“European monetary unification … has been to Germany’s own great economic advantage” writes Adam S. Posen (“The Euro Payoff: Germany’s Economic Advantages from a Large and Diverse Euro Area”, Peterson Institute for International Economics, March 3, 2011). Thus “coldhearted economic calculations should compel Berlin to step up for the euro”.
Indeed, “a smaller member economy of a currency union might suffer from increased size, in that the monetary policy decisions made put too little weight on the conditions in that economy (which is arguably part of what happened to Ireland and Spain pre-crisis).” But “for the anchor currency of a monetary union – the largest economy and the one that the other member economies’ business cycles respond to most – monetary policy decisions will be largely the same as those that would have been made for the anchor economy itself, because of its economic and political weight.”
Moreover: “Germany benefits directly from the stability of currencies that the euro provides to surrounding countries – and that includes southern Euro Area members. Germany gets to run a trade surplus with member countries that otherwise would not be able to afford so many of its exports.” Or more exactly, German exporters would not been able to export so easily their products, were the intra-zone exchange rates at the "right" level.
Thus, “The German economy is protected against exchange rate instability, and likely sharp declines in competitiveness, by keeping its less stable neighbors viably in the Euro Area.” More exactly: the German economy is protected from equilibrium exchange rate adjustment of her partners.
My summary: Germany gains from a large Euro Area because the monetary policy of the zone is not different from the optimal German one, and because the “less stables neighbors” are prevented from adjusting competitively their exchange rate to equilibrium levels through devaluation, thus giving the German economy the growing advantage of a cumulative devaluation of the “implicit D-Mark” derived from the tightly controlled domestic wage growth, which determines a permanent trade surplus with its European neighbors.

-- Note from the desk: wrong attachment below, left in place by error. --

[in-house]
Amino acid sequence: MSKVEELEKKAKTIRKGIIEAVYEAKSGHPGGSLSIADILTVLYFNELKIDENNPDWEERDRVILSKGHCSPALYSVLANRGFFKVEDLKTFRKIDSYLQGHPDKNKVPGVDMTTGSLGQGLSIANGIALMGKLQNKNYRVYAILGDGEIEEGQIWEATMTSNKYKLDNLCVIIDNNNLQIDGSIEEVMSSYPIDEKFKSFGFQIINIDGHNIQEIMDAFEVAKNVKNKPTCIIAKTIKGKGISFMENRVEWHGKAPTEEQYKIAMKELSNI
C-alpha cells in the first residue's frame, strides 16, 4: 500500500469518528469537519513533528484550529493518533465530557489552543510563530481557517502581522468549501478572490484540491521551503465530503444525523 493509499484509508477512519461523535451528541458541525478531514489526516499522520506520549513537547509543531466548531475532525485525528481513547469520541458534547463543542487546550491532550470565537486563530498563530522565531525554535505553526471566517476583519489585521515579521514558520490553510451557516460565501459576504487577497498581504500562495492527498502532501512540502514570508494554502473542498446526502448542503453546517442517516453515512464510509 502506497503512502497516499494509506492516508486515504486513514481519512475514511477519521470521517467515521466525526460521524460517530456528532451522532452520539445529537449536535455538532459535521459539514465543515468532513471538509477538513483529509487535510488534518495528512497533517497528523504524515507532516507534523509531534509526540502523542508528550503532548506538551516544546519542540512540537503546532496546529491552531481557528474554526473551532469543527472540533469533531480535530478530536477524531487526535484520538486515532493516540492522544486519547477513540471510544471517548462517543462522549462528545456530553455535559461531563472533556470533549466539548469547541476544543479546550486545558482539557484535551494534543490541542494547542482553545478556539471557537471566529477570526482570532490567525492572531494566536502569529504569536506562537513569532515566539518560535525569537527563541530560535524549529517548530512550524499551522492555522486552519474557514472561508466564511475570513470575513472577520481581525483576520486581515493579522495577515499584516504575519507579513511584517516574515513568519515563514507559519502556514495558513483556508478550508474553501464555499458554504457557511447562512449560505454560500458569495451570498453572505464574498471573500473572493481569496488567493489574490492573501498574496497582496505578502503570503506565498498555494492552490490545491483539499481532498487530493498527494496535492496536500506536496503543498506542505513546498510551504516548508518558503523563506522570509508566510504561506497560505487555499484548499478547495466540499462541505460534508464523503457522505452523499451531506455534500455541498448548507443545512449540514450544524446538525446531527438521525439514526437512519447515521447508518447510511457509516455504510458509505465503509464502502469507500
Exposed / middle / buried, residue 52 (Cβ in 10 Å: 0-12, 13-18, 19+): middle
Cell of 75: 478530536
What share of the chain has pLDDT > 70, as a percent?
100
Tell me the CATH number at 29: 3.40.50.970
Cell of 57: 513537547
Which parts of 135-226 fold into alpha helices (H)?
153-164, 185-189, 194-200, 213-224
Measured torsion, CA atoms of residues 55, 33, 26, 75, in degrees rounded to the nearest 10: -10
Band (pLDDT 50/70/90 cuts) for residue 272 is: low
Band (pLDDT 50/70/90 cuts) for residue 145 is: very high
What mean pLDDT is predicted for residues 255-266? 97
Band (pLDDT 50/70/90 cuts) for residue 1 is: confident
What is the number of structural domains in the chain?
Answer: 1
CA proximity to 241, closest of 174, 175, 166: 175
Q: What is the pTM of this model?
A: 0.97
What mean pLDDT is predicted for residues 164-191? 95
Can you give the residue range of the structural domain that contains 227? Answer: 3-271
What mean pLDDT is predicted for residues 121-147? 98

Hence Posen’s conclusion:
“It is in the German’s own enlightened self-interest to provide financing to ease the process of real adjustment in those Euro Area economies that have overstretched on spending on German goods.”
In other words, an undervalued exchange rate determining overstretched exports is well worth the cost of providing finance to neighbors. Especially so since the "strong euro" broadens the international market for sovereign German borrowing, and thus lowers interest rates on German bonds.
Why then isn’t German public opinion convinced? Maybe because the profits from the export machine are concentrated while all German taxpayers are going to pay for subsidies to Greece, Ireland, Portugal and maybe Spain, while German wage growth is anemic.
The punch line:
The Posen paper is a marvelously clear and cynical exposé of the narrow interests of the German export machine. Domestic wages kept low and higher taxes allow real transfers from German households to the German exporters, by the means of subsidizing other European countries which are pushed into importing more German goods by the overvaluation of their “implicit currencies”, and have been pushed to near bankruptcy borrowing by the inadequate “German” ECB monetary policy.
These other members of the eurozone should think twice about the cost to themselves of a continuing participation in such an asymmetric and detrimental institution.
Read the whole paper here .